Clinic Students Help Shape UN Guidance in Science, Human Rights
Students in a University of Virginia School of Law clinic have helped shape new United Nations guidance on the relationship between advances in science and human rights.
The U.N. Committee on Economic, Social and Cultural Rights recently published the first general comment on the relationship between sciences and economic, social and cultural rights, and incorporated virtually all recommendations from International Human Rights Clinic students Kunchok Dolma ’21 and Rachel Davidson Raycraft ’20.
“In particular, we advocated for the importance of accounting for and protecting those who may be harmed by scientific advancements,” Dolma and Raycraft said in a combined statement. “This includes individuals who face job loss or decreased access to core government services as more processes become digitized and roboticized. Ensuring states keep the costs, as well as the benefits, in mind as they adopt new technologies felt essential.”
The committee, which put out a call for contributions to the comment in January, consists of 18 independent experts who monitor national implementation of the International Covenant on Economic, Social and Cultural Rights under the authority of the U.N. Human Rights Office of the High Commissioner.
The committee’s general comments serve as influential guidance on the proper interpretation and implementation of the rights codified in the covenant, which currently has 170 state parties. The United States is among four countries that have signed but not ratified the treaty.
Dolma and Raycraft also researched and framed the human rights-related risks and promises of new emerging technologies, such as artificial intelligence, biotechnology and big data.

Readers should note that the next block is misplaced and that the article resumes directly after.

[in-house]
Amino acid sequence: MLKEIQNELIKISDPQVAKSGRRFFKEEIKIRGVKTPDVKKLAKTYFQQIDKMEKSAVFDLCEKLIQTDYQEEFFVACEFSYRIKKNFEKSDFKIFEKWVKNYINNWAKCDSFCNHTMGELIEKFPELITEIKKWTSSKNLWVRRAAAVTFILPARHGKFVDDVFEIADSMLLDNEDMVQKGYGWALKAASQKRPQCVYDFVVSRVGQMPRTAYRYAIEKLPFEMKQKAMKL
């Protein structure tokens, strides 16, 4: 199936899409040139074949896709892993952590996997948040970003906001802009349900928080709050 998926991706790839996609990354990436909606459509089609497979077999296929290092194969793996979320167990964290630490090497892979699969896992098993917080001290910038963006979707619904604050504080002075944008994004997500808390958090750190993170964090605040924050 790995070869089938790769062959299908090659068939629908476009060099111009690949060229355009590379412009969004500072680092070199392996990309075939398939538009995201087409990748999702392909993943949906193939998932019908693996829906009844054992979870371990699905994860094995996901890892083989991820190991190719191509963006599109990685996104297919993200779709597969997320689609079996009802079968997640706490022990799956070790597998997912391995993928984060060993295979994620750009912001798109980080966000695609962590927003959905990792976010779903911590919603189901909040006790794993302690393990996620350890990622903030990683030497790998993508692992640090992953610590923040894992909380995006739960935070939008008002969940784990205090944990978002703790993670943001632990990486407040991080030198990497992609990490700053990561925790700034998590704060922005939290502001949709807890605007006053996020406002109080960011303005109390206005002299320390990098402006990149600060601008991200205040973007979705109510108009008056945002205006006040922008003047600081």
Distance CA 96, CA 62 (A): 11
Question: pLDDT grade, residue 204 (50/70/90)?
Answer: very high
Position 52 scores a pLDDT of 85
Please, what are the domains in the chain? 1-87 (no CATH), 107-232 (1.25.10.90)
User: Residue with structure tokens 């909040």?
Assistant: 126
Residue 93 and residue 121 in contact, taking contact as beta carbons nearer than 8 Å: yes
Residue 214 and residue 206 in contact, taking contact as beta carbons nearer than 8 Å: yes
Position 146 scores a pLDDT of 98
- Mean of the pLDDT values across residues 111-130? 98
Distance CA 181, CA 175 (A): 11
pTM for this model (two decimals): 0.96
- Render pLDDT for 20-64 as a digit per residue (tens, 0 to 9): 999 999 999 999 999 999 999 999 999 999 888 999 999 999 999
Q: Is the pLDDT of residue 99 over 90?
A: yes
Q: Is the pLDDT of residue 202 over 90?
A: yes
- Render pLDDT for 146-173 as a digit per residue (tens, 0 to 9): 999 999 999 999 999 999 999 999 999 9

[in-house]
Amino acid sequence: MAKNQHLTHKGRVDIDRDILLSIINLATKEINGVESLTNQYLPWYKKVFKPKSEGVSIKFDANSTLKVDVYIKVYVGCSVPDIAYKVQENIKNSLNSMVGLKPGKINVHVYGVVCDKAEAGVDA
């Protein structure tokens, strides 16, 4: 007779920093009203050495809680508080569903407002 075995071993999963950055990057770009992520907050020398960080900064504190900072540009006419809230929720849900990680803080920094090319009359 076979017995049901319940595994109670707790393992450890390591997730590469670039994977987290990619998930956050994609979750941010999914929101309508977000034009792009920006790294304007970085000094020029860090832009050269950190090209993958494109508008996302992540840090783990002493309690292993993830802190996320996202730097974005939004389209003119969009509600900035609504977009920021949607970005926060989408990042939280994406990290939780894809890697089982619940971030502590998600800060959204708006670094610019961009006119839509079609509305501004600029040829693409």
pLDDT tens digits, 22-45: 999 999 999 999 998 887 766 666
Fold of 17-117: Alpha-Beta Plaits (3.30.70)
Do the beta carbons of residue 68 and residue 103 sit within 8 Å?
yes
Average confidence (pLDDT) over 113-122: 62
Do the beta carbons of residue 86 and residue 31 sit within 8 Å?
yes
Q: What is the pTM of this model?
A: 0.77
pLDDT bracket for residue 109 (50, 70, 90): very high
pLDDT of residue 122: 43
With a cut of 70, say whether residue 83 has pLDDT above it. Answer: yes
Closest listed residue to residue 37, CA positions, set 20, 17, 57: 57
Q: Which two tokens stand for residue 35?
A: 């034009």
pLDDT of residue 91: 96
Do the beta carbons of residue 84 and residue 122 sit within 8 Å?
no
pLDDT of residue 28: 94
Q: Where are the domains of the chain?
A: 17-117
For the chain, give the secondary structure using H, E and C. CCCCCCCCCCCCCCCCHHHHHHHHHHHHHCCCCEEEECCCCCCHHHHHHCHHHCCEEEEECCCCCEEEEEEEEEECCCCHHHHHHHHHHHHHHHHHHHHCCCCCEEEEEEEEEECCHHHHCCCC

“This is a particularly tricky space for human rights guidance because so little is known about the potential of these technologies — both for good and for evil,” Raycraft said. “For example, we already see state actors implementing emerging technologies, like facial recognition software, in ways that target and oppress vulnerable minorities.”
On the issue of new and emerging technologies, the clinic focused its recommendations on three key areas: the importance of international cooperation, the adoption of a human rights lens throughout the development and deployment of these technologies, and the need for enhanced technology-related corporate regulation and liability mechanisms.
“This was an incredible learning opportunity and a very humbling experience,” Raycraft said. “It brought to life the complex and multifaceted considerations one must take into account when drafting this kind of guidance.”
Dolma said the project reinforced her belief for the need for strong international organizations to promote human rights.
“Our work on this general comment made it clear how important it is to advance those values in every aspect of our lives, including science and especially as we deal with a global pandemic that calls for international cooperation,” she said.
Professor Camilo Sánchez, the clinic’s director, said he was “happy and proud” the committee took the clinic’s recommendations.
“Many experienced international lawyers I know would dream of seeing their contributions and ideas turned into international guidance,” he said.
Students in this yearlong clinic gain first-hand experience in human rights advocacy, working in partnership with nongovernmental organizations, human rights practitioners and law firms in the United States and abroad.
Founded in 1819, the University of Virginia School of Law is the second-oldest continuously operating law school in the nation. Consistently ranked among the top law schools, Virginia is a world-renowned training ground for distinguished lawyers and public servants, instilling in them a commitment to leadership, integrity and community service.